April 4 Tupelo Hassman
Tupelo Hassman is the author of the novel Girlchild (FSG 2012). "It takes real talent to make something beautiful out of a trailer park. Girlchild, Tupelo Hassman’s lacerating debut novel, is the story of Rory Dawn Hendrix, a young girl growing up in the Calle, a cluster of mobile homes on a plot of dust outside Reno, Nevada. Ms. Hassman is such a poised storyteller that her prose practically struts. Her words are as elegant as they are fierce." --The New York Times
April 11 Justin Torres
Justin Torres, author of We The Animals, was a finalist for the 2012 Indies Choice Book Awards, winner of a National Book Award for 5 under 35, and named one of Salon's "Sexiest Men of 2011." His work has appeared in The New Yorker, Granta, Tin House, Glimmer Train, and other publications. A graduate of the Iowa Writers' Workshop, he is a recipient of the Rolón United States Artist Fellowship in Literature, and is now a Wallace Stegner Fellow at Stanford. Vanity Fair writes that We The Animals is "A gorgeous, howling coming-of-age novel that will devour your heart."
April 18 Patrick DeWitt
Patrick DeWitt is the author of The Sisters Brothers, finalist for the Man Booker Prize. "If Cormac McCarthy had a sense of humor, he might have concocted a story like Patrick DeWitt's bloody, darkly funny western." --The Los Angeles Times.
April 25 Brenda Shaughnessy, co-sponsored with CRES
Brenda Shaughnessy is the author of the poetry collections, Our Andromeda (2012), Human Dark with Sugar (2008), which was a finalist for the 2008 NBCC Award, and Interior with Sudden Joy (1999). Her poems have appeared in Harpers, McSweeney’s, The Nation, The New Yorker, The Paris Review,Slate.com and elsewhere. She is Poetry Editor-At-Large at Tin House Magazine, and is Assistant Professor of English and in the M.F.A. Program at Rutgers-Newark. She lives in Brooklyn with her husband, son, and daughter.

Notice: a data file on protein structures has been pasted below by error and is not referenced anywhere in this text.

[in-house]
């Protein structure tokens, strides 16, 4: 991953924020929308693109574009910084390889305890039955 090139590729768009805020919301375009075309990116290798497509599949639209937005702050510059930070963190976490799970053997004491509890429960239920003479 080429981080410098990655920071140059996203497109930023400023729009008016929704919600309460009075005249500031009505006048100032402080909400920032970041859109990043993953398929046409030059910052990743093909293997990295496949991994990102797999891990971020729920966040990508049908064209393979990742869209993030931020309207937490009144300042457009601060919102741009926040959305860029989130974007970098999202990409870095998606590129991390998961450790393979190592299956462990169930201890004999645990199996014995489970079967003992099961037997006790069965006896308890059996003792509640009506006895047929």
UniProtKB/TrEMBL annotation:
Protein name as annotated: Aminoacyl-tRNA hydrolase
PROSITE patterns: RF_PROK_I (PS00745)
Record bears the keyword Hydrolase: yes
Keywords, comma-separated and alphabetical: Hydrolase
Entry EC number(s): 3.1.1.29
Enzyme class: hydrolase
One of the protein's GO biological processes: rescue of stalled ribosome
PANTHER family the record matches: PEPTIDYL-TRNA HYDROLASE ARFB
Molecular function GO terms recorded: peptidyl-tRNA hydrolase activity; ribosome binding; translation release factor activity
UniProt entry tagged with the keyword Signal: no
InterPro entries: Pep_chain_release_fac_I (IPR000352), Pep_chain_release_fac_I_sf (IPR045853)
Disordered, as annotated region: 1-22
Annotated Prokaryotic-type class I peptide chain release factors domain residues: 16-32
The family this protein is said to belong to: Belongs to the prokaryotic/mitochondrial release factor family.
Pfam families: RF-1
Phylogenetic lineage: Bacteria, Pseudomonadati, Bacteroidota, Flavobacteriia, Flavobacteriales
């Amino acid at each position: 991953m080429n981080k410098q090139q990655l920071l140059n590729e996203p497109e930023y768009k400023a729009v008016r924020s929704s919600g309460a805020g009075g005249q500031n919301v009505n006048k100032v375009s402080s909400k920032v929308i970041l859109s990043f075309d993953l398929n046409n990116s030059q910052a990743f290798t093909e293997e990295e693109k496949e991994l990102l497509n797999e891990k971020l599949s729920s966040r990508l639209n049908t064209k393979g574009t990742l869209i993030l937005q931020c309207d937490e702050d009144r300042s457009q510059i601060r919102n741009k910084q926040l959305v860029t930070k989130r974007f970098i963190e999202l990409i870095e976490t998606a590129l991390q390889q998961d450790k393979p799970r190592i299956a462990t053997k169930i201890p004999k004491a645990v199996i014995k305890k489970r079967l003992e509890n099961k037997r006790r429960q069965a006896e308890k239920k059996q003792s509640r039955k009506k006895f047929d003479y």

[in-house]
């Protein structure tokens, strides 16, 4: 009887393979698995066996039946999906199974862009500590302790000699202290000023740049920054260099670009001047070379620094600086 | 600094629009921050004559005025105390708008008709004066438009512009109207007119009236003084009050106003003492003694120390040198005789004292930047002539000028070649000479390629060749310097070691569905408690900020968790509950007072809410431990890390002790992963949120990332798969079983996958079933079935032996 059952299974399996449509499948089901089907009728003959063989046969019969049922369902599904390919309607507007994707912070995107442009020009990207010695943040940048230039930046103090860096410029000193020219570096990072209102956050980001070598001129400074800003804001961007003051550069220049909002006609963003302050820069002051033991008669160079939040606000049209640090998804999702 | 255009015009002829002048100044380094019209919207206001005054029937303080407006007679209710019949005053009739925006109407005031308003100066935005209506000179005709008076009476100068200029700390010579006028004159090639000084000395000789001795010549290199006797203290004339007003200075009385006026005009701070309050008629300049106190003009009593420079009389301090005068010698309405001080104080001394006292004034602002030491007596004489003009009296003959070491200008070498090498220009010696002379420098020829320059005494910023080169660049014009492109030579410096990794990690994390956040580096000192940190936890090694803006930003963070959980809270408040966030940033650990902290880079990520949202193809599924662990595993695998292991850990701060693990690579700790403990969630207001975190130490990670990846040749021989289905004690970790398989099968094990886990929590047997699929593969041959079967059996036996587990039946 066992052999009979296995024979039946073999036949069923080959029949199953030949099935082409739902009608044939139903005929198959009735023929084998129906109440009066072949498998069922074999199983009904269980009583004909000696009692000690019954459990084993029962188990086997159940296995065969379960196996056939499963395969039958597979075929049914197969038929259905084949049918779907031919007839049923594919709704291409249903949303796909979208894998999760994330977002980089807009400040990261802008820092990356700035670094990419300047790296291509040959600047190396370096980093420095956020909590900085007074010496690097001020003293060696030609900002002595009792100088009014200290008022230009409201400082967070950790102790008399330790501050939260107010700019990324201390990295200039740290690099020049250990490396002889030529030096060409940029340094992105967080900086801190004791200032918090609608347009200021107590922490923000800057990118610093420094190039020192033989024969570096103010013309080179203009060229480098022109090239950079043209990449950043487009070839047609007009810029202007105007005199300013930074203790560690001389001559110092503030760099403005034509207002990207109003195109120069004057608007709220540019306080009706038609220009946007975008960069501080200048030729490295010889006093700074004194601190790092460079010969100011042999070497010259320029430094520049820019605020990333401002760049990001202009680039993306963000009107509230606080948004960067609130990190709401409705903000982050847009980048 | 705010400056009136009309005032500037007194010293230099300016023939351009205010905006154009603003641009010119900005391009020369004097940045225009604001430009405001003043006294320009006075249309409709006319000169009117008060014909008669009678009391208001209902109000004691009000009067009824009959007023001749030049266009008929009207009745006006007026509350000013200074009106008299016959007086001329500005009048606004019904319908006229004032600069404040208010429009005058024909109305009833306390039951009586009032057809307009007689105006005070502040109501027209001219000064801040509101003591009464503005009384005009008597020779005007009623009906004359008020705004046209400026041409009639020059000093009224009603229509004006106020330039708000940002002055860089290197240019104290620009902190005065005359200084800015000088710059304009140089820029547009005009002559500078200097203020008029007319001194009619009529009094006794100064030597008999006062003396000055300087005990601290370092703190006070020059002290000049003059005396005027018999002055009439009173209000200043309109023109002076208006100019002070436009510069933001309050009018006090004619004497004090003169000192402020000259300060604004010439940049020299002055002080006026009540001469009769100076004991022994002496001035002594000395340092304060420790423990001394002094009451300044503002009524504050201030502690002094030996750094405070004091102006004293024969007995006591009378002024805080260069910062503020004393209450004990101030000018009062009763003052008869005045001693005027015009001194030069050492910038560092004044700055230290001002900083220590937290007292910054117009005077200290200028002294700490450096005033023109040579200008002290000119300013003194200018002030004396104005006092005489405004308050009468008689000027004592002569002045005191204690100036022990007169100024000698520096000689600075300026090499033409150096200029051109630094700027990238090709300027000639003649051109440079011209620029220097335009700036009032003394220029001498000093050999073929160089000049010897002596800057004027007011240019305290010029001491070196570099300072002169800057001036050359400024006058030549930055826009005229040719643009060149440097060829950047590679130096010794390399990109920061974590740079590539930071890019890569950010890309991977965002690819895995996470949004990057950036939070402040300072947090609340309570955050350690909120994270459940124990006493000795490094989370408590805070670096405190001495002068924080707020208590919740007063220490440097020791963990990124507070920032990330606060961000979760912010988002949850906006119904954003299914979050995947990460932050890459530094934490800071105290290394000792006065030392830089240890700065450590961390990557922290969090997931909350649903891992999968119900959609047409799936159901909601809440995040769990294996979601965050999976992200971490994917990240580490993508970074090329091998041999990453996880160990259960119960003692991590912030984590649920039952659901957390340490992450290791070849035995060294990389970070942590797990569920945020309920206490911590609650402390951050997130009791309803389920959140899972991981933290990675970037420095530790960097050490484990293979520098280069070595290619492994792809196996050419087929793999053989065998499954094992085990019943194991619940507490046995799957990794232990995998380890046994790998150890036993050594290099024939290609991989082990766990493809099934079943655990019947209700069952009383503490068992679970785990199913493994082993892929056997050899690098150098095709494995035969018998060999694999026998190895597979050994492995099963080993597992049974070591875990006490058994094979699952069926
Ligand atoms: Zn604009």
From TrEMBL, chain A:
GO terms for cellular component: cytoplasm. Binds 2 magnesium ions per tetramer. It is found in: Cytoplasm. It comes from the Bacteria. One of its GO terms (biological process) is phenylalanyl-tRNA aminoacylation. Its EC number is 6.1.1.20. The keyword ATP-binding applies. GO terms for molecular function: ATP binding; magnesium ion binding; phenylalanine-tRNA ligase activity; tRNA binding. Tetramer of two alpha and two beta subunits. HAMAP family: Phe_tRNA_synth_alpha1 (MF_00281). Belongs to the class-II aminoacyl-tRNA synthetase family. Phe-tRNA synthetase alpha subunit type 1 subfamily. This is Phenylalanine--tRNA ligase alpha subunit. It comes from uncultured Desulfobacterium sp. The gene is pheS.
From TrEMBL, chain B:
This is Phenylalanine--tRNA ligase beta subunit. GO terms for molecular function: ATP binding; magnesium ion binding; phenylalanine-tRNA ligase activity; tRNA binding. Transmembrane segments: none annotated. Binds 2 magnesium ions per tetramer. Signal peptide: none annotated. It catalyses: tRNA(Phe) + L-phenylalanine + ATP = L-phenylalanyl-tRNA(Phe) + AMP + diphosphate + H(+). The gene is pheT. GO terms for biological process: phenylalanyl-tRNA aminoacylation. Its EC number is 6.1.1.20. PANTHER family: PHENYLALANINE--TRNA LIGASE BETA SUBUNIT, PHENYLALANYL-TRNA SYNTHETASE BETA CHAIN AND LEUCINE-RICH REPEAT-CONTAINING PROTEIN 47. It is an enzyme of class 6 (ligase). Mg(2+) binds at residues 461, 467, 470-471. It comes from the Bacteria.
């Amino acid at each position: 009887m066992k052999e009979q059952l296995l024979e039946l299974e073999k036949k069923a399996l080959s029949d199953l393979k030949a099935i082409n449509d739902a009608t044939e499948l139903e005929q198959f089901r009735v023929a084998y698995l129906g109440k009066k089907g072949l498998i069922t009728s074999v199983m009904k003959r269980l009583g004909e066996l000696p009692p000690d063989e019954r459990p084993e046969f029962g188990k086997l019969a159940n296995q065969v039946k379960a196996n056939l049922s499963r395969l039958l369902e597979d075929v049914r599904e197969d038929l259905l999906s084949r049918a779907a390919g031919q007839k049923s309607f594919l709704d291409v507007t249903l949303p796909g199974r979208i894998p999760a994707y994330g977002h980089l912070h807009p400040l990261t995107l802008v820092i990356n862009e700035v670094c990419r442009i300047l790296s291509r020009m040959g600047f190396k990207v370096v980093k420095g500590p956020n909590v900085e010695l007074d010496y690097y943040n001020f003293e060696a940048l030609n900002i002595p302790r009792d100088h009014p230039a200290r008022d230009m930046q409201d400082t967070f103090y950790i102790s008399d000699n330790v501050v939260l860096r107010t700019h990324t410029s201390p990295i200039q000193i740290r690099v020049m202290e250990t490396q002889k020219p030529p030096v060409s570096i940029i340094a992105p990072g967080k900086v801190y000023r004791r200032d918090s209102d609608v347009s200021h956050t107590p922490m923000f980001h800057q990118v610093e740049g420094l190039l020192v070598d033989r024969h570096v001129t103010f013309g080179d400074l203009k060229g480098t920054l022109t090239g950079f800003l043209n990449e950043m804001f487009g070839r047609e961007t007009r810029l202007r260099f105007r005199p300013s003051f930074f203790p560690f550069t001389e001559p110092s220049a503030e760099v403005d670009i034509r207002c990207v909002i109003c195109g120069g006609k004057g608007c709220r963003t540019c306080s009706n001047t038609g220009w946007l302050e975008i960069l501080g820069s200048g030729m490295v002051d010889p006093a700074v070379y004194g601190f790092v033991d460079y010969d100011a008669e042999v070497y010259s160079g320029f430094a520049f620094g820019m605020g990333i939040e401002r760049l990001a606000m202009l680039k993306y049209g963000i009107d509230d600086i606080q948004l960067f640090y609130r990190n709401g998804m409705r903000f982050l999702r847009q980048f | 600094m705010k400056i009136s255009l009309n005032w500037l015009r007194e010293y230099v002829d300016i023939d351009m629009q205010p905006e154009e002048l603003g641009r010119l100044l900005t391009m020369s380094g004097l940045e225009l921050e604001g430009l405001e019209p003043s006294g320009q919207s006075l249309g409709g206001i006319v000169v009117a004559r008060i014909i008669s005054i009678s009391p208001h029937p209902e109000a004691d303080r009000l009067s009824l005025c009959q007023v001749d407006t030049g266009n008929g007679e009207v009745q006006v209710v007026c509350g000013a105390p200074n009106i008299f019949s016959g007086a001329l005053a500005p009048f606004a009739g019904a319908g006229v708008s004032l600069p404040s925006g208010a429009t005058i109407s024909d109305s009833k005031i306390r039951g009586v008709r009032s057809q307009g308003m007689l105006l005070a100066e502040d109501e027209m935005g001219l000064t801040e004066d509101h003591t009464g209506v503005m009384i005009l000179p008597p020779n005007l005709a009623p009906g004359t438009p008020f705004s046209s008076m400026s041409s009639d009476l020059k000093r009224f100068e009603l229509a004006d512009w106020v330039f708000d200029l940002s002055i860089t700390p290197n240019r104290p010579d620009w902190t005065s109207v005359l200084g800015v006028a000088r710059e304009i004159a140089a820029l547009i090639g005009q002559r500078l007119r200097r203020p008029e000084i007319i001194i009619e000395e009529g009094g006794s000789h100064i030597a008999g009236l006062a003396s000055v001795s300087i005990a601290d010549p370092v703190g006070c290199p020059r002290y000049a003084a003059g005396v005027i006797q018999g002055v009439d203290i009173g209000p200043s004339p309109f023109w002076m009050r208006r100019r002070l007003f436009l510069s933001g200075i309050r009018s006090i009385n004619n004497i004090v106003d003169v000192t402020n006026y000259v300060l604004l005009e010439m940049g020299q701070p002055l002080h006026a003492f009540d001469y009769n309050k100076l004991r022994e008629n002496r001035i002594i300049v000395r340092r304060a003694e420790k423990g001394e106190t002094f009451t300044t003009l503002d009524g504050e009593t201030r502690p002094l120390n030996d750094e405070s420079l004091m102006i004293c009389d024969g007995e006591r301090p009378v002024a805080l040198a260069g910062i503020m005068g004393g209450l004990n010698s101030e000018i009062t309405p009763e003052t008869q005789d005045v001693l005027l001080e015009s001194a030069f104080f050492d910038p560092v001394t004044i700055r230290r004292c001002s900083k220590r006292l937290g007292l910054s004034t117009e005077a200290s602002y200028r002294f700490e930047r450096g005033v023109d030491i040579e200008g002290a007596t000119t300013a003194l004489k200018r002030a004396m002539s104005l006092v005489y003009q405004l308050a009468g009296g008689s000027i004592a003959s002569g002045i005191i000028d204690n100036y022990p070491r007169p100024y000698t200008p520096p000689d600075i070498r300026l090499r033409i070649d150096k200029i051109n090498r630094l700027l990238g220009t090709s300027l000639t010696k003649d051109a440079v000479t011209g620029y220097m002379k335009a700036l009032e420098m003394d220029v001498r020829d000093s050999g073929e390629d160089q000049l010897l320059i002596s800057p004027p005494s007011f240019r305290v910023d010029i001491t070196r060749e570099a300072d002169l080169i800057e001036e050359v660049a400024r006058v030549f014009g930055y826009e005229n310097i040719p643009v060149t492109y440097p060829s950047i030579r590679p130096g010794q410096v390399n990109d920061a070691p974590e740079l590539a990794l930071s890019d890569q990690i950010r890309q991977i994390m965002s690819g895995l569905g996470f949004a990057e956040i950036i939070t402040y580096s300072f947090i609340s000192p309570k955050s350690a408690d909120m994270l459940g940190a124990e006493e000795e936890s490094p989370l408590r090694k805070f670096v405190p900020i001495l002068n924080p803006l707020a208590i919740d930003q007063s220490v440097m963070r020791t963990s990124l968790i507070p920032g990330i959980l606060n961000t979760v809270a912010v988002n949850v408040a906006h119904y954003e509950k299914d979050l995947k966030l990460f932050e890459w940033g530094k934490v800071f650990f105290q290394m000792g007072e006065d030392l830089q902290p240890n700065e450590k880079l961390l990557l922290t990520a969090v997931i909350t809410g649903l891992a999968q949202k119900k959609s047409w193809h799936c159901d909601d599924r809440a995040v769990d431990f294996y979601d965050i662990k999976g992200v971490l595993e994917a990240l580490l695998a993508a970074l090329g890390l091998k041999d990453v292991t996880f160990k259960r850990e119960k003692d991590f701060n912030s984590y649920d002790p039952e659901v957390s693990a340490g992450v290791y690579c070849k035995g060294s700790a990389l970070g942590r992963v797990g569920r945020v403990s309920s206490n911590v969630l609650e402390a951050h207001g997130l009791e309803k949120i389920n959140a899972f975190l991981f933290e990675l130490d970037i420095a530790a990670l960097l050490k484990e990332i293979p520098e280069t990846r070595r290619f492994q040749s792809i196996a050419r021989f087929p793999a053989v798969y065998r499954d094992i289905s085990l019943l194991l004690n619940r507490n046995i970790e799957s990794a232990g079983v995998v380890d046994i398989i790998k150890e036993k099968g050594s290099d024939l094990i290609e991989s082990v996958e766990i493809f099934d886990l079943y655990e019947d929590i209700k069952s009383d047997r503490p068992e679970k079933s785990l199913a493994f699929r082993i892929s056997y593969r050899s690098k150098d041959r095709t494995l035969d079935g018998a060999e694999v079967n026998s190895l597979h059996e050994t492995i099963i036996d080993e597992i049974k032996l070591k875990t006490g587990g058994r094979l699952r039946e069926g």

May 2 Karen Joy Fowler
Karen Joy Fowler, author of six novels and three short story collections. The Jane Austen Book Club spent thirteen weeks on the New York Times bestsellers list and was a New York Times Notable Book. Fowler’s previous novel, Sister Noon, was a finalist for the 2001 PEN/Faulkner Award for fiction. Her debut novel, Sarah Canary, was a New York Times Notable Book, as was her second novel, The Sweetheart Season. In addition, Sarah Canary won the Commonwealth medal for best first novel by a Californian, and was short-listed for the Irish Times International Fiction Prize as well as the Bay Area Book Reviewers Prize. Fowler’s short story collection Black Glass won the World Fantasy Award in 1999, and her collection What I Didn't See won the World Fantasy Award in 2011.
May 9 Elizabeth Graver
Elizabeth Graver’s new novel, The End of the Point, set in a summer community on Buzzard’s Bay from 1942 to 1999, is forthcoming from Harper Collins in Spring, 2013. She is the author of three other novels: Awake, The Honey Thief, and Unravelling. Her short story collection, Have You Seen Me?, won the 1991 Drue Heinz Literature Prize. Her work has been anthologized in BestAmerican Short Stories (1991, 2001); Prize Stories: The O. Henry Awards (1994, 1996, 2001),The Pushcart Prize Anthology (2001), and Best American Essays(1998).
May 23 Lauren Shufran, Tsering Wangmo, and Juliana Leslie
Lauren Shufran is the winner of The Motherwell Prize. Her poetry collection Inter Arma will be published be Fence Books in Spring, 2013.
Tsering Wangmo's first book of poems, Rules of the House, was published by Apogee Press in 2002 was a finalist for the Asian American Literary Awards in 2003. Other publications include My Rice Tastes Like the Lake (Apogee Press 2011) and In the Absent Everyday (also from Apogee Press). A book of creative non-fiction will soon be published in India from Penguin.
Juliana Leslie's first book, More Radiant Signal, came out in 2010 from Letter Machine Editions. Her second book of poetry, Green Is For World, winner of the National Poetry Series, will be published this year by Coffee House Press.
May 30 George Estreich
George Estreich is a poet and the author of the memoir, The Shape of The Eye, winner of the Oregon Book Award.“The Shape of the Eye is a memoir of a father’s love for his daughter, his struggle to understand her disability, and his journey toward embracing her power and depth. Estreich is raw and honest and draws us each into a new view of what it means to be 'human’ and what it means to be ‘different’. This book is beautifully written, poetically insightful, and personally transformative. To read it is to rethink everything and to be happy because of the journey.” --Timothy P. Shriver, Ph.D., Chairman & CEO of Special Olympics
June 6 Student Reading